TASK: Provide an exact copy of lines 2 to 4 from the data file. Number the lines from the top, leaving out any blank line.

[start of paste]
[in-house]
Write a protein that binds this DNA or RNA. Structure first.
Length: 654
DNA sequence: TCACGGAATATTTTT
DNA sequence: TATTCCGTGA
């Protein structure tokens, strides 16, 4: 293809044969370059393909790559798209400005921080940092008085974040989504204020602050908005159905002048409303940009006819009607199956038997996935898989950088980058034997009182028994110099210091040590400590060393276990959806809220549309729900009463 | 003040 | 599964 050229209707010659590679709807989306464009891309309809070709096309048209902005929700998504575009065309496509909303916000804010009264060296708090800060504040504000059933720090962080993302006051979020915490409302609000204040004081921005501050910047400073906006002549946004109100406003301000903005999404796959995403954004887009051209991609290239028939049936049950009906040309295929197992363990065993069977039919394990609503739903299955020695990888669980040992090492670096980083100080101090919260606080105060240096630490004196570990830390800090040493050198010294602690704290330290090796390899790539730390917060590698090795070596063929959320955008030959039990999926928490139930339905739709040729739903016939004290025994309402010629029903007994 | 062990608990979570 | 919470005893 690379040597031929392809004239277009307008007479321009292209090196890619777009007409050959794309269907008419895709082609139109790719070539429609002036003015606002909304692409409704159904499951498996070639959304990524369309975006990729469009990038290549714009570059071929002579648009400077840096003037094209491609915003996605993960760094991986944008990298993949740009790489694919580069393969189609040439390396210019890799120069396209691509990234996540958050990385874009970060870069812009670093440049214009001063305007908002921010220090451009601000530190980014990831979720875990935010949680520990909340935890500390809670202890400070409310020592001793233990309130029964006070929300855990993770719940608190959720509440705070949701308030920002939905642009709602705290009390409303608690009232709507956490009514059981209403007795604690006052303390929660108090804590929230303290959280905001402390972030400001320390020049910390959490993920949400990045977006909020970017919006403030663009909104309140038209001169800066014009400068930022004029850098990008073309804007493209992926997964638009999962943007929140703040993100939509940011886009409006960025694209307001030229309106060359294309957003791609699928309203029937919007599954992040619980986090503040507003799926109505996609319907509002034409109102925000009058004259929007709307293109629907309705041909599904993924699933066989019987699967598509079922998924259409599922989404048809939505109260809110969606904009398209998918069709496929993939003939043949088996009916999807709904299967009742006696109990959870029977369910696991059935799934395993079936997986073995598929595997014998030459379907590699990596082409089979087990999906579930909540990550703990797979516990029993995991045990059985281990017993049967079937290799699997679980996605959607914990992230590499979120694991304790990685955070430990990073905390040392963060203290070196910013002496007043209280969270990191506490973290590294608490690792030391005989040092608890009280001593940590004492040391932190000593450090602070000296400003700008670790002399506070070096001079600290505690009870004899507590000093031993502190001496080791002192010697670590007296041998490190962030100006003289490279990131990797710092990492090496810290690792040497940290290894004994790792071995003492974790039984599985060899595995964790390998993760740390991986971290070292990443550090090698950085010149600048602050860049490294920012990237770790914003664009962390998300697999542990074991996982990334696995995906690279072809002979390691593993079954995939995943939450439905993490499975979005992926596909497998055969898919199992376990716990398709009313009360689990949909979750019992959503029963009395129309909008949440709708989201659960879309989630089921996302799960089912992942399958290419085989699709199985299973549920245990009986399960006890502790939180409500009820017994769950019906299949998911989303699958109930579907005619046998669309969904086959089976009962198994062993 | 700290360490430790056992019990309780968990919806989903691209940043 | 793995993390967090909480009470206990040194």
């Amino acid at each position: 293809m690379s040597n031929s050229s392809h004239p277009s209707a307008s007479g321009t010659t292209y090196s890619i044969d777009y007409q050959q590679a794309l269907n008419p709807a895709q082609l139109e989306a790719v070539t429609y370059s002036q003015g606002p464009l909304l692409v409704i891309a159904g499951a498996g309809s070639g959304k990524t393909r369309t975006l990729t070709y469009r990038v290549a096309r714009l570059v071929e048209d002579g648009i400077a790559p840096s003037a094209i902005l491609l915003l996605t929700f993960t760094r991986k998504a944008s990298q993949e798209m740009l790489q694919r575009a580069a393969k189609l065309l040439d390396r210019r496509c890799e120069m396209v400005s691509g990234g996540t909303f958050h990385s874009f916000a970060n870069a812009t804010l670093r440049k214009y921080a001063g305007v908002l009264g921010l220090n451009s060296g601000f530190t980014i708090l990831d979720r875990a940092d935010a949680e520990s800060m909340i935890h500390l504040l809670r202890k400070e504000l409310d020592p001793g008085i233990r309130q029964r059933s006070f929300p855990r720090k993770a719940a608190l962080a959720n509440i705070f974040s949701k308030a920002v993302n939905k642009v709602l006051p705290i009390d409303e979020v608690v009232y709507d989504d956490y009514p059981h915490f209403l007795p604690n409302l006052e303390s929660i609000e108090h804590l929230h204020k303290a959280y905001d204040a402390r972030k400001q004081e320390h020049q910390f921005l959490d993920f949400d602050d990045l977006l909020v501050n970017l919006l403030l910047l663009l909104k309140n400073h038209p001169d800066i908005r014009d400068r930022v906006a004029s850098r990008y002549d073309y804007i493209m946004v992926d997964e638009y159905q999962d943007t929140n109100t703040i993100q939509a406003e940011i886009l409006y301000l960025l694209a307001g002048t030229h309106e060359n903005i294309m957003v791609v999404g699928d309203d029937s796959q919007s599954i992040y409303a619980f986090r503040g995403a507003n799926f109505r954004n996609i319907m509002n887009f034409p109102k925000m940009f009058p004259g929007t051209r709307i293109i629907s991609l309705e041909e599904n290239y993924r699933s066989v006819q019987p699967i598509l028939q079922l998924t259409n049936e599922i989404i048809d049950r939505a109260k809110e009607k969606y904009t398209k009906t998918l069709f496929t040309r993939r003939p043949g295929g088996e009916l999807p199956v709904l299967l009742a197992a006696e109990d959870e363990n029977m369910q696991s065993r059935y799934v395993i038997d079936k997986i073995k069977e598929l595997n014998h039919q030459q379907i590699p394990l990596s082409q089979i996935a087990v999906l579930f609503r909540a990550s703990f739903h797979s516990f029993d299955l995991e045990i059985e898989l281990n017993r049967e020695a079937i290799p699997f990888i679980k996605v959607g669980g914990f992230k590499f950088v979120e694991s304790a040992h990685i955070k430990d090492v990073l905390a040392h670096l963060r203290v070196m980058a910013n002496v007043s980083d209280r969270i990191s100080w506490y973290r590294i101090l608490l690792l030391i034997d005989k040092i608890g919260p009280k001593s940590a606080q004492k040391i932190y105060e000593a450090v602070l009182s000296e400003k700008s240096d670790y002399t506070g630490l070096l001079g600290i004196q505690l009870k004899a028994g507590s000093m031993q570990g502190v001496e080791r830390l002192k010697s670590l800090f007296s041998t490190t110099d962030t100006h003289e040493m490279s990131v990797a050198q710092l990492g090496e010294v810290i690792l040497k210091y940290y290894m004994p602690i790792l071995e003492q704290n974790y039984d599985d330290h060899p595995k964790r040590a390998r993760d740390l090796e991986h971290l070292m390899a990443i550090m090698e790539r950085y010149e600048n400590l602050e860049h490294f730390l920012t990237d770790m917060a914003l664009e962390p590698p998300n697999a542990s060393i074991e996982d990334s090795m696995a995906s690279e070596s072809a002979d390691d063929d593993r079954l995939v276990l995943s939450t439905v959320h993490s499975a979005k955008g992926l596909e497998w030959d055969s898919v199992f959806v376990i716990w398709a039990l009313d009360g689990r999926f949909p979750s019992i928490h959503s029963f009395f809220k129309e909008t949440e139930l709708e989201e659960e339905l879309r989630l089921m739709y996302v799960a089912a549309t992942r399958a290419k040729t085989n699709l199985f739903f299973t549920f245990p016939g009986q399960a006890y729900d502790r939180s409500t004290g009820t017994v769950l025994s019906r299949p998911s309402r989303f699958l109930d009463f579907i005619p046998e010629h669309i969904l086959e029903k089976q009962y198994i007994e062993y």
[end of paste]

Write a protein that binds this DNA or RNA. Structure first.
Length: 654
DNA sequence: TCACGGAATATTTTT